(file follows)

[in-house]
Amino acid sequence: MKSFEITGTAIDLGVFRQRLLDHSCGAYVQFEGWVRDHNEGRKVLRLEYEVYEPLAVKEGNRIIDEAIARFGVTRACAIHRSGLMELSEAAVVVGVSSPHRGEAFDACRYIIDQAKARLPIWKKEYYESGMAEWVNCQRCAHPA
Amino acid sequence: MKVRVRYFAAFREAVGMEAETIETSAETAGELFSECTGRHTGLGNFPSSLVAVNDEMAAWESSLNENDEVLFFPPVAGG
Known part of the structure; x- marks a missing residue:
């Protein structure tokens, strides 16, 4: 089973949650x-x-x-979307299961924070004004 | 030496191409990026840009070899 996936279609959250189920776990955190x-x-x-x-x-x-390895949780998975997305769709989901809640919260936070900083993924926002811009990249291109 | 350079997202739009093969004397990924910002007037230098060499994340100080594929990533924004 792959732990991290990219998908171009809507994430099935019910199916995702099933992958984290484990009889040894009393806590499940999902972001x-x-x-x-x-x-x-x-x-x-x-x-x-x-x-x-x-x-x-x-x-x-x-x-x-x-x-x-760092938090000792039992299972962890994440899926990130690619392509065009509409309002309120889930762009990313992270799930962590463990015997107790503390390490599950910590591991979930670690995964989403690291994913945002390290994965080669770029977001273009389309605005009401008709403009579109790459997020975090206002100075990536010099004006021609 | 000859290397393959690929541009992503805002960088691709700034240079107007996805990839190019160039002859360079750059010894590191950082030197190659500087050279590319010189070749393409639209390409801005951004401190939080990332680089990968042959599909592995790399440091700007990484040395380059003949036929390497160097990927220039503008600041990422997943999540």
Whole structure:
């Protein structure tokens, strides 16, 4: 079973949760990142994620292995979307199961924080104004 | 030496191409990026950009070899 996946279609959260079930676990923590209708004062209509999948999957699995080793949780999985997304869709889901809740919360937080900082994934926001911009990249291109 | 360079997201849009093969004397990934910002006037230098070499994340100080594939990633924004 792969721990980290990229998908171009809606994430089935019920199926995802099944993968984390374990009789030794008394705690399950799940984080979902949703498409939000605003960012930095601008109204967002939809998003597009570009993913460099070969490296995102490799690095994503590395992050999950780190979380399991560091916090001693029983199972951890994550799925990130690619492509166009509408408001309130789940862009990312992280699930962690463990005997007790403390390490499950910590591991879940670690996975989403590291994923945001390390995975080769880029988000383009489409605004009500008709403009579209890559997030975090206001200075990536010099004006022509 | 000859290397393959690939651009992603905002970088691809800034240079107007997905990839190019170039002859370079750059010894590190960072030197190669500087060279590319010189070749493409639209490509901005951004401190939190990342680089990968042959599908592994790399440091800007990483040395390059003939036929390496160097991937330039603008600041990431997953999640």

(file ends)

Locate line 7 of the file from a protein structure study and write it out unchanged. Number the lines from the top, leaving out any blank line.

């Protein structure tokens, strides 16, 4: 079973949760990142994620292995979307199961924080104004 | 030496191409990026950009070899 996946279609959260079930676990923590209708004062209509999948999957699995080793949780999985997304869709889901809740919360937080900082994934926001911009990249291109 | 360079997201849009093969004397990934910002006037230098070499994340100080594939990633924004 792969721990980290990229998908171009809606994430089935019920199926995802099944993968984390374990009789030794008394705690399950799940984080979902949703498409939000605003960012930095601008109204967002939809998003597009570009993913460099070969490296995102490799690095994503590395992050999950780190979380399991560091916090001693029983199972951890994550799925990130690619492509166009509408408001309130789940862009990312992280699930962690463990005997007790403390390490499950910590591991879940670690996975989403590291994923945001390390995975080769880029988000383009489409605004009500008709403009579209890559997030975090206001200075990536010099004006022509 | 000859290397393959690939651009992603905002970088691809800034240079107007997905990839190019170039002859370079750059010894590190960072030197190669500087060279590319010189070749493409639209490509901005951004401190939190990342680089990968042959599908592994790399440091800007990483040395390059003939036929390496160097991937330039603008600041990431997953999640």